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More or Less Church

Joanna Depue "DJ/Deacon J" writes original songs and liturgies, does daily Farm office work and records Barbara's eMos on The Geranium Farm. A singer and dog trainer she utilizes healing touch in her private massage practice. PLEASE share YOUR original ideas for worship, special liturgies, prayers, songs, sermons and noteworthy blogs right here.
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Thursday, January 18, 2007

Applying "The Daffodil Principle" To Your Parish

I hear it over and over again....

'.... our church isn't growing and I don't know why...'
'.... somebody used to do that but nobody does that any more....'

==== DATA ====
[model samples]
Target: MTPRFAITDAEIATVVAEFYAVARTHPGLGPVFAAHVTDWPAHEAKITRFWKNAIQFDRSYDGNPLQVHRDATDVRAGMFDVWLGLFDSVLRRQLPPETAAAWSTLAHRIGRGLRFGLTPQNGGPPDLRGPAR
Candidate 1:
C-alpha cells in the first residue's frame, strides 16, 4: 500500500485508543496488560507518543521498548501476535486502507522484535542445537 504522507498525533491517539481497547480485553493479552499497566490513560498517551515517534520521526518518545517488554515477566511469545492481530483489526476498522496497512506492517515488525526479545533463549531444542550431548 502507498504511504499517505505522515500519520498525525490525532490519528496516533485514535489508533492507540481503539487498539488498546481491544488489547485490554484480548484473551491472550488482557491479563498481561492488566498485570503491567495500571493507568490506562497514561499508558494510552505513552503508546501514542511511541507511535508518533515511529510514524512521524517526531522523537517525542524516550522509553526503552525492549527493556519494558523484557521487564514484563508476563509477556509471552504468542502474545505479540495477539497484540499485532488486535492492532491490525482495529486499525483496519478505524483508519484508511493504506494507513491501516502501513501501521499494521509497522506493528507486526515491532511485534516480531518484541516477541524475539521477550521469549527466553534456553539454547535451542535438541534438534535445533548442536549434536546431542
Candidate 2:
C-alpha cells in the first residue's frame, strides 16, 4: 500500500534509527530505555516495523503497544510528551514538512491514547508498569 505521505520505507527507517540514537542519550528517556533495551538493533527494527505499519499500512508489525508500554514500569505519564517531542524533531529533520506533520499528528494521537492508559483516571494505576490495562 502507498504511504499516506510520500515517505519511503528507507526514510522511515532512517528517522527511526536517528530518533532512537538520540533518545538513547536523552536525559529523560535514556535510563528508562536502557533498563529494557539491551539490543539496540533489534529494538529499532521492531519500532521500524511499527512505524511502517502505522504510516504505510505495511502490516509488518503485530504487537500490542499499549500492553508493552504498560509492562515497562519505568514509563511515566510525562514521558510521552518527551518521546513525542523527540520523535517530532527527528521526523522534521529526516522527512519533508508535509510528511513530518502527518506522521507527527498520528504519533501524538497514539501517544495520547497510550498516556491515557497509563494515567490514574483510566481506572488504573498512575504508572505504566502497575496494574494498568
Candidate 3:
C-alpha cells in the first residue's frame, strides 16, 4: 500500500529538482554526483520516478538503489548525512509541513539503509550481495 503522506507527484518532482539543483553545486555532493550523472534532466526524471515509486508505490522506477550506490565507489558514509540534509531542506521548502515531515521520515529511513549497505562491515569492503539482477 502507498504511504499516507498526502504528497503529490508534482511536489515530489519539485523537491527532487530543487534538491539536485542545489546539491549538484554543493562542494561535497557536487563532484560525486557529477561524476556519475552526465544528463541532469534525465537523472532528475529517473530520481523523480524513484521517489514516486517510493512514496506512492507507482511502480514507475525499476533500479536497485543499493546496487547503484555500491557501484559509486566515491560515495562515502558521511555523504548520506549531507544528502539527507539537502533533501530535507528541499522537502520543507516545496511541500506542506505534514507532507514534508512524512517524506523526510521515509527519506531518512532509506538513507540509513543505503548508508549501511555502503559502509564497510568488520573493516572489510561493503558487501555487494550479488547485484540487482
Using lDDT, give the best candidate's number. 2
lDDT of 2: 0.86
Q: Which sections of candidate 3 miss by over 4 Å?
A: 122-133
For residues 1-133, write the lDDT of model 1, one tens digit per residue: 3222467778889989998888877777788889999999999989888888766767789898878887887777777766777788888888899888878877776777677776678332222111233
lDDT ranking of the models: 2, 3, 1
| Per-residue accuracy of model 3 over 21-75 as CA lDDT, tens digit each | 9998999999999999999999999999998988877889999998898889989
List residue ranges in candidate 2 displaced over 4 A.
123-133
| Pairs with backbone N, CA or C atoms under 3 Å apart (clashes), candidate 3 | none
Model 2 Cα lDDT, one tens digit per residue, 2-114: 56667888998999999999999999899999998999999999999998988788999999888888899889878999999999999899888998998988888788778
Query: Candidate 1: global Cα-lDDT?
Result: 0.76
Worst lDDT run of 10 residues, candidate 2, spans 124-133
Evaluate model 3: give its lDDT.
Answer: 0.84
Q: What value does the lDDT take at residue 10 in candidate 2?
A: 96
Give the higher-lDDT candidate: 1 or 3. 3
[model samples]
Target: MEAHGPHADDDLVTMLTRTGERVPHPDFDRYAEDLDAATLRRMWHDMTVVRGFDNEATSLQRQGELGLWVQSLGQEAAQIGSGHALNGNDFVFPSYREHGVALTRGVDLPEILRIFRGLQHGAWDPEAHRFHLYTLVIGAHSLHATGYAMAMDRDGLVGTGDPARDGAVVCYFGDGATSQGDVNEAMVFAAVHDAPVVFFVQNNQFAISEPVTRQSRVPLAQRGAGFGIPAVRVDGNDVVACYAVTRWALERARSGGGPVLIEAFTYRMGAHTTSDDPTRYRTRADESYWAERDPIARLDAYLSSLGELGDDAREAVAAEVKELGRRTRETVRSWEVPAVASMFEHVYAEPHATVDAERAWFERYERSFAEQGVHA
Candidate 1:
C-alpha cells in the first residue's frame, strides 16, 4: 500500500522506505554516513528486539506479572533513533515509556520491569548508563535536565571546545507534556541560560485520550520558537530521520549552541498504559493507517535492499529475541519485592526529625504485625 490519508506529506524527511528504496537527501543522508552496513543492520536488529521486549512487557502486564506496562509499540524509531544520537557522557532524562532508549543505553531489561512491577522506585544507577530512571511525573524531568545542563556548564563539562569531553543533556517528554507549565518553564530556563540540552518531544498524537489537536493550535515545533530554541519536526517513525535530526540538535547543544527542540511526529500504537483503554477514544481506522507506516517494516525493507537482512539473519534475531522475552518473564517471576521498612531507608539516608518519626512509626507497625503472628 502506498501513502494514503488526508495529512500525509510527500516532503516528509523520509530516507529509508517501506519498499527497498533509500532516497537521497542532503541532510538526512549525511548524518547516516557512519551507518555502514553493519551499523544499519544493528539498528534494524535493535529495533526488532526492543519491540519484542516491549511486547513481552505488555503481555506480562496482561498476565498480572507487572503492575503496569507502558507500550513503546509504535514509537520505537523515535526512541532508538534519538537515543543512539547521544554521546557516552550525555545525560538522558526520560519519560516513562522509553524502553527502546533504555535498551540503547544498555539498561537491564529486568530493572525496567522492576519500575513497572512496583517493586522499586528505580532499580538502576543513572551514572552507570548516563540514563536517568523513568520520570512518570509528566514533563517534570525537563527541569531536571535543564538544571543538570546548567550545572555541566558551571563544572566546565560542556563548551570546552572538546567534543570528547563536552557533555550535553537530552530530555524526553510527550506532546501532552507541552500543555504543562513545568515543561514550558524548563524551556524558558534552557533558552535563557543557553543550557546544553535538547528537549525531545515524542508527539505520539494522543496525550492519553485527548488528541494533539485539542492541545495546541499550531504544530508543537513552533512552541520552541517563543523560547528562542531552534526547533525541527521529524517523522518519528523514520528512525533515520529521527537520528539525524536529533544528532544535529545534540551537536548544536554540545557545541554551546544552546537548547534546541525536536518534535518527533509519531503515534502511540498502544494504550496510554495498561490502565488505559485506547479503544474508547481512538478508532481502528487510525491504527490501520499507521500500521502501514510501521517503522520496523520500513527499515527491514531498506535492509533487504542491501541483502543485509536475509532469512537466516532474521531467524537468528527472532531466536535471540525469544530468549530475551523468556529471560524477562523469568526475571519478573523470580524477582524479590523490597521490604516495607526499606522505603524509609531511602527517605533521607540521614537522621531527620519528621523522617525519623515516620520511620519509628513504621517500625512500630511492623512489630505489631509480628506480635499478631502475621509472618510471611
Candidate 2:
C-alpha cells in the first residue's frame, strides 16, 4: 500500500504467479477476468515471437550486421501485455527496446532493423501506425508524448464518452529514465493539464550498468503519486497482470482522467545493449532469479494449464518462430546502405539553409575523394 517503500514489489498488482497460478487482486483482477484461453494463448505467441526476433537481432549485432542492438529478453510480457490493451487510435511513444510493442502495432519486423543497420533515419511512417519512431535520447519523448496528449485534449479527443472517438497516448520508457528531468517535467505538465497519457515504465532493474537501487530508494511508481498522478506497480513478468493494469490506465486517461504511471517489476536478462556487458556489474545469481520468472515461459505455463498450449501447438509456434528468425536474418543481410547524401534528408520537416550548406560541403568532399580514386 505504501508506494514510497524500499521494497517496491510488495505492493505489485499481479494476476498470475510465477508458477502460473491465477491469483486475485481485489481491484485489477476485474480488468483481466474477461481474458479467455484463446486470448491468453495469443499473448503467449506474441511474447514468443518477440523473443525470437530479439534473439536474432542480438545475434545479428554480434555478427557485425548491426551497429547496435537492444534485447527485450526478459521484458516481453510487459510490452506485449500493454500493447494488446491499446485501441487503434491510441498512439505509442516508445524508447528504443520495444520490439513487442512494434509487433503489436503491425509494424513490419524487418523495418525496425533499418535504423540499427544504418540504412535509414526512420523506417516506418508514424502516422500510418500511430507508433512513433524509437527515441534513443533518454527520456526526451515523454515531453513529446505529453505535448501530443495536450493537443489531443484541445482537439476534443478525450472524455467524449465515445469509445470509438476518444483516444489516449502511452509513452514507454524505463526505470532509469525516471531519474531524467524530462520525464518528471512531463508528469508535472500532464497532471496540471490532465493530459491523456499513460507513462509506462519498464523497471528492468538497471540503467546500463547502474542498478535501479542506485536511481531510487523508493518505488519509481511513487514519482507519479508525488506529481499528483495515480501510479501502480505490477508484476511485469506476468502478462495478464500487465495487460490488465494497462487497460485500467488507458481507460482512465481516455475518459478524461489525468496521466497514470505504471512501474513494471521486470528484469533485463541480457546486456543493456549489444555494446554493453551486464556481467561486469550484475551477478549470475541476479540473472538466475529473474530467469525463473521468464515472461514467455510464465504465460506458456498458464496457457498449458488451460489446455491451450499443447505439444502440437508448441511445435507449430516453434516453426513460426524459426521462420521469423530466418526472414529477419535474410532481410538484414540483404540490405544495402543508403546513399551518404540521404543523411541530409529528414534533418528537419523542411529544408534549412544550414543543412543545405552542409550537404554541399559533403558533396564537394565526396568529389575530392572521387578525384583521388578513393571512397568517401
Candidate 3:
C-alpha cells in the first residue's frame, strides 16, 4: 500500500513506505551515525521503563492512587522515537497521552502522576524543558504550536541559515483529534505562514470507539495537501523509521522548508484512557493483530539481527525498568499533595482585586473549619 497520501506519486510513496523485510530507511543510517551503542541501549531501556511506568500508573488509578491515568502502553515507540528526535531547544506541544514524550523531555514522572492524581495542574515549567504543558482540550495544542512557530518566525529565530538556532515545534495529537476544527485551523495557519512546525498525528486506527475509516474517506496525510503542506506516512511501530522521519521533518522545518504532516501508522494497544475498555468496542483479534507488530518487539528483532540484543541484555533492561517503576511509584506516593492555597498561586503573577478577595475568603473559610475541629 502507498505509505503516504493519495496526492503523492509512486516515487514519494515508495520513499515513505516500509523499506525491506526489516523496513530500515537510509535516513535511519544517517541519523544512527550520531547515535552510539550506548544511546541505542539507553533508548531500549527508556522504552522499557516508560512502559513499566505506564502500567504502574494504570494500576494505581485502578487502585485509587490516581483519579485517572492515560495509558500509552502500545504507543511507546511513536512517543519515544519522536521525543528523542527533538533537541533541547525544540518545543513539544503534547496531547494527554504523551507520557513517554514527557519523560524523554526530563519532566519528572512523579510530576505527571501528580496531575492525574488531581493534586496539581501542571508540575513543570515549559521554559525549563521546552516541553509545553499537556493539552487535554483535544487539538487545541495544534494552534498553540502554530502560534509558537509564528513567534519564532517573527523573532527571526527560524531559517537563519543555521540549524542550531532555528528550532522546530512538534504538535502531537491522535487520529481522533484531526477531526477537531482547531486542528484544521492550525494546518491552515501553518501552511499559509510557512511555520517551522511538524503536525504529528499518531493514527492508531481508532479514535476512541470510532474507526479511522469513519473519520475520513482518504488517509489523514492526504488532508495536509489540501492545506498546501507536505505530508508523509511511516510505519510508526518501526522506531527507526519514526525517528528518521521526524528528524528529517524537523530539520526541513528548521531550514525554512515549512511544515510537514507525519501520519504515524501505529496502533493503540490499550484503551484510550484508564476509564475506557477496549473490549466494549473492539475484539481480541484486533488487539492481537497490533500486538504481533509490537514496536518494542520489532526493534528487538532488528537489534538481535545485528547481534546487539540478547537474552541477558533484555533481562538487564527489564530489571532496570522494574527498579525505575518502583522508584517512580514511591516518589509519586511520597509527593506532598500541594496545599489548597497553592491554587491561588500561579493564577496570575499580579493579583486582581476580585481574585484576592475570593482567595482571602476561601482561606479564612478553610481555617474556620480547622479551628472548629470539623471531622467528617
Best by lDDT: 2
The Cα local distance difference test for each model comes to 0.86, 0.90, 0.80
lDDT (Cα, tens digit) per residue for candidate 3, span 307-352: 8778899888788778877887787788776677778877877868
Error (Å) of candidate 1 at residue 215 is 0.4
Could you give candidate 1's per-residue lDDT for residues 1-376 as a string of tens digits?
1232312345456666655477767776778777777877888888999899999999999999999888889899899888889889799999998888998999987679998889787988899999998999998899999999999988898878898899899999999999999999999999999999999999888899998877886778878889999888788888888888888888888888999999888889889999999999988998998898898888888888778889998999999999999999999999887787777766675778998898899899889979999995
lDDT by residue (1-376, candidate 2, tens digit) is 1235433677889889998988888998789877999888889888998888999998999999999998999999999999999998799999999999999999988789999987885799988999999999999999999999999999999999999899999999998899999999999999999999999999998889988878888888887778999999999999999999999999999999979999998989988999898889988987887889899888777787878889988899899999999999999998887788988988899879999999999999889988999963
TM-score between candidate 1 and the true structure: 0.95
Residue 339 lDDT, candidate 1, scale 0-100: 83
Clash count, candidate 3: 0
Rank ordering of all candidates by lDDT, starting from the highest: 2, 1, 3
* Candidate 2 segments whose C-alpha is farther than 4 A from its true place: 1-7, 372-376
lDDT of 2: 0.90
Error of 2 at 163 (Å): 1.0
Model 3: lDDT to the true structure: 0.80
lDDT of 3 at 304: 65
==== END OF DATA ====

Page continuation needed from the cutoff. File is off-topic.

'.... I have an idea but I don't know if anybody else would be interested in....'

Initiative, creativity, imagination in action. Engaging in these things not only benefits our minds (and there is clinical research to back up that statement!), it benefits our bodies for the activity generated and it benefits our souls by opening us up more to the transformative power of the Holy Spirit.

The following article was forwarded to the ever-productive 'Hodgepodge' Debbie by her Aunt Sylvia. I'm sharing it with you and want you to read it in the light of the foreward written above. Enjoy, plant and grow!!